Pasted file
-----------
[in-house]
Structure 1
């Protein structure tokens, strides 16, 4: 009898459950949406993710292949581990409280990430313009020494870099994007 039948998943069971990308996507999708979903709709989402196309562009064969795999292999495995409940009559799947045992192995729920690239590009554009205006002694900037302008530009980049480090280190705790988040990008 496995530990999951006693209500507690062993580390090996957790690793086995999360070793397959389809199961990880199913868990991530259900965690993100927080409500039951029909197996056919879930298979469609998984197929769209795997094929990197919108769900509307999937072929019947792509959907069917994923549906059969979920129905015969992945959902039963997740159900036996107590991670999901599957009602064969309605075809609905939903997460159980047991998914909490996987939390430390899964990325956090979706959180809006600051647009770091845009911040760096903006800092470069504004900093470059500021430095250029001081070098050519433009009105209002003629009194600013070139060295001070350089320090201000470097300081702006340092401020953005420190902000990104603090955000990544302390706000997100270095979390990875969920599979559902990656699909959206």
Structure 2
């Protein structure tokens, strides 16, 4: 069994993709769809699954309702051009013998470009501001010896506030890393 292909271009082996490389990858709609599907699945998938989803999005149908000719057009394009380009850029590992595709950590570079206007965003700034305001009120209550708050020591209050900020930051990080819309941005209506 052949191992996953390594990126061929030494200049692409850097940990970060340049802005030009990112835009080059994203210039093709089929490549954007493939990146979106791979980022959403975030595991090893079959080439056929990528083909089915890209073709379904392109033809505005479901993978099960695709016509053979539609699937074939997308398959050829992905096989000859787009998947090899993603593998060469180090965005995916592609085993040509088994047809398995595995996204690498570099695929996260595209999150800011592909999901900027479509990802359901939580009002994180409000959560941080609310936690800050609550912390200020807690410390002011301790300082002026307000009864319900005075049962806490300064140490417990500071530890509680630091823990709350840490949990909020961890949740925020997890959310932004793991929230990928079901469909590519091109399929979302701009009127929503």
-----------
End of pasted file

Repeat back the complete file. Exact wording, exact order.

[in-house]
Structure 1
């Protein structure tokens, strides 16, 4: 009898459950949406993710292949581990409280990430313009020494870099994007 039948998943069971990308996507999708979903709709989402196309562009064969795999292999495995409940009559799947045992192995729920690239590009554009205006002694900037302008530009980049480090280190705790988040990008 496995530990999951006693209500507690062993580390090996957790690793086995999360070793397959389809199961990880199913868990991530259900965690993100927080409500039951029909197996056919879930298979469609998984197929769209795997094929990197919108769900509307999937072929019947792509959907069917994923549906059969979920129905015969992945959902039963997740159900036996107590991670999901599957009602064969309605075809609905939903997460159980047991998914909490996987939390430390899964990325956090979706959180809006600051647009770091845009911040760096903006800092470069504004900093470059500021430095250029001081070098050519433009009105209002003629009194600013070139060295001070350089320090201000470097300081702006340092401020953005420190902000990104603090955000990544302390706000997100270095979390990875969920599979559902990656699909959206």
Structure 2
């Protein structure tokens, strides 16, 4: 069994993709769809699954309702051009013998470009501001010896506030890393 292909271009082996490389990858709609599907699945998938989803999005149908000719057009394009380009850029590992595709950590570079206007965003700034305001009120209550708050020591209050900020930051990080819309941005209506 052949191992996953390594990126061929030494200049692409850097940990970060340049802005030009990112835009080059994203210039093709089929490549954007493939990146979106791979980022959403975030595991090893079959080439056929990528083909089915890209073709379904392109033809505005479901993978099960695709016509053979539609699937074939997308398959050829992905096989000859787009998947090899993603593998060469180090965005995916592609085993040509088994047809398995595995996204690498570099695929996260595209999150800011592909999901900027479509990802359901939580009002994180409000959560941080609310936690800050609550912390200020807690410390002011301790300082002026307000009864319900005075049962806490300064140490417990500071530890509680630091823990709350840490949990909020961890949740925020997890959310932004793991929230990928079901469909590519091109399929979302701009009127929503």